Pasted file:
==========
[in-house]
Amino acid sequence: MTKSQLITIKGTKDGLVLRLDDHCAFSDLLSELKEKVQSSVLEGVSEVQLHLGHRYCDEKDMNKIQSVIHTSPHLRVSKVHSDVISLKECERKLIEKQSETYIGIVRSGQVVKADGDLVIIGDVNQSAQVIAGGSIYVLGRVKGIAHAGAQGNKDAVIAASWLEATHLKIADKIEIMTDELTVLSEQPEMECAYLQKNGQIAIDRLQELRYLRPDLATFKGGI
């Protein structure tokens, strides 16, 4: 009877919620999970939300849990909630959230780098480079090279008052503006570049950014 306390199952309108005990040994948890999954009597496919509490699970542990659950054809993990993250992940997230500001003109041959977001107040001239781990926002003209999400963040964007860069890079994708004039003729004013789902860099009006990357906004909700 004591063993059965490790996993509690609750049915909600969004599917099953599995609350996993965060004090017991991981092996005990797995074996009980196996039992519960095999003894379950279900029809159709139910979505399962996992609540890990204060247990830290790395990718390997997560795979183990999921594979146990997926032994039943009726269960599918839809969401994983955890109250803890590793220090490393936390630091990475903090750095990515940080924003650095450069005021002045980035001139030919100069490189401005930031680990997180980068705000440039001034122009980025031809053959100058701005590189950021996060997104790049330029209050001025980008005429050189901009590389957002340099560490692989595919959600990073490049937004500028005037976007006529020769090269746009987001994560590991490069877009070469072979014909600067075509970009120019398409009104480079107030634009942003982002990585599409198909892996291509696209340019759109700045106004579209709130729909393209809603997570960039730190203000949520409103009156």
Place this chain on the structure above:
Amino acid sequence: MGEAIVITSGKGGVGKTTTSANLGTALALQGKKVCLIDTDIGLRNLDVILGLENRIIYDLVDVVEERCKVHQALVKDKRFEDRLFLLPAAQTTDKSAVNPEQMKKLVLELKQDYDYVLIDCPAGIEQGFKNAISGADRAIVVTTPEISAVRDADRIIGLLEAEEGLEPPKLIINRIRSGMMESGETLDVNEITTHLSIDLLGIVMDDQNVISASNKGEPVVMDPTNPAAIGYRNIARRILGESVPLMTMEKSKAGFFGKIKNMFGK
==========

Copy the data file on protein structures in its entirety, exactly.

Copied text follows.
[in-house]
Amino acid sequence: MTKSQLITIKGTKDGLVLRLDDHCAFSDLLSELKEKVQSSVLEGVSEVQLHLGHRYCDEKDMNKIQSVIHTSPHLRVSKVHSDVISLKECERKLIEKQSETYIGIVRSGQVVKADGDLVIIGDVNQSAQVIAGGSIYVLGRVKGIAHAGAQGNKDAVIAASWLEATHLKIADKIEIMTDELTVLSEQPEMECAYLQKNGQIAIDRLQELRYLRPDLATFKGGI
């Protein structure tokens, strides 16, 4: 009877919620999970939300849990909630959230780098480079090279008052503006570049950014 306390199952309108005990040994948890999954009597496919509490699970542990659950054809993990993250992940997230500001003109041959977001107040001239781990926002003209999400963040964007860069890079994708004039003729004013789902860099009006990357906004909700 004591063993059965490790996993509690609750049915909600969004599917099953599995609350996993965060004090017991991981092996005990797995074996009980196996039992519960095999003894379950279900029809159709139910979505399962996992609540890990204060247990830290790395990718390997997560795979183990999921594979146990997926032994039943009726269960599918839809969401994983955890109250803890590793220090490393936390630091990475903090750095990515940080924003650095450069005021002045980035001139030919100069490189401005930031680990997180980068705000440039001034122009980025031809053959100058701005590189950021996060997104790049330029209050001025980008005429050189901009590389957002340099560490692989595919959600990073490049937004500028005037976007006529020769090269746009987001994560590991490069877009070469072979014909600067075509970009120019398409009104480079107030634009942003982002990585599409198909892996291509696209340019759109700045106004579209709130729909393209809603997570960039730190203000949520409103009156």
Place this chain on the structure above:
Amino acid sequence: MGEAIVITSGKGGVGKTTTSANLGTALALQGKKVCLIDTDIGLRNLDVILGLENRIIYDLVDVVEERCKVHQALVKDKRFEDRLFLLPAAQTTDKSAVNPEQMKKLVLELKQDYDYVLIDCPAGIEQGFKNAISGADRAIVVTTPEISAVRDADRIIGLLEAEEGLEPPKLIINRIRSGMMESGETLDVNEITTHLSIDLLGIVMDDQNVISASNKGEPVVMDPTNPAAIGYRNIARRILGESVPLMTMEKSKAGFFGKIKNMFGK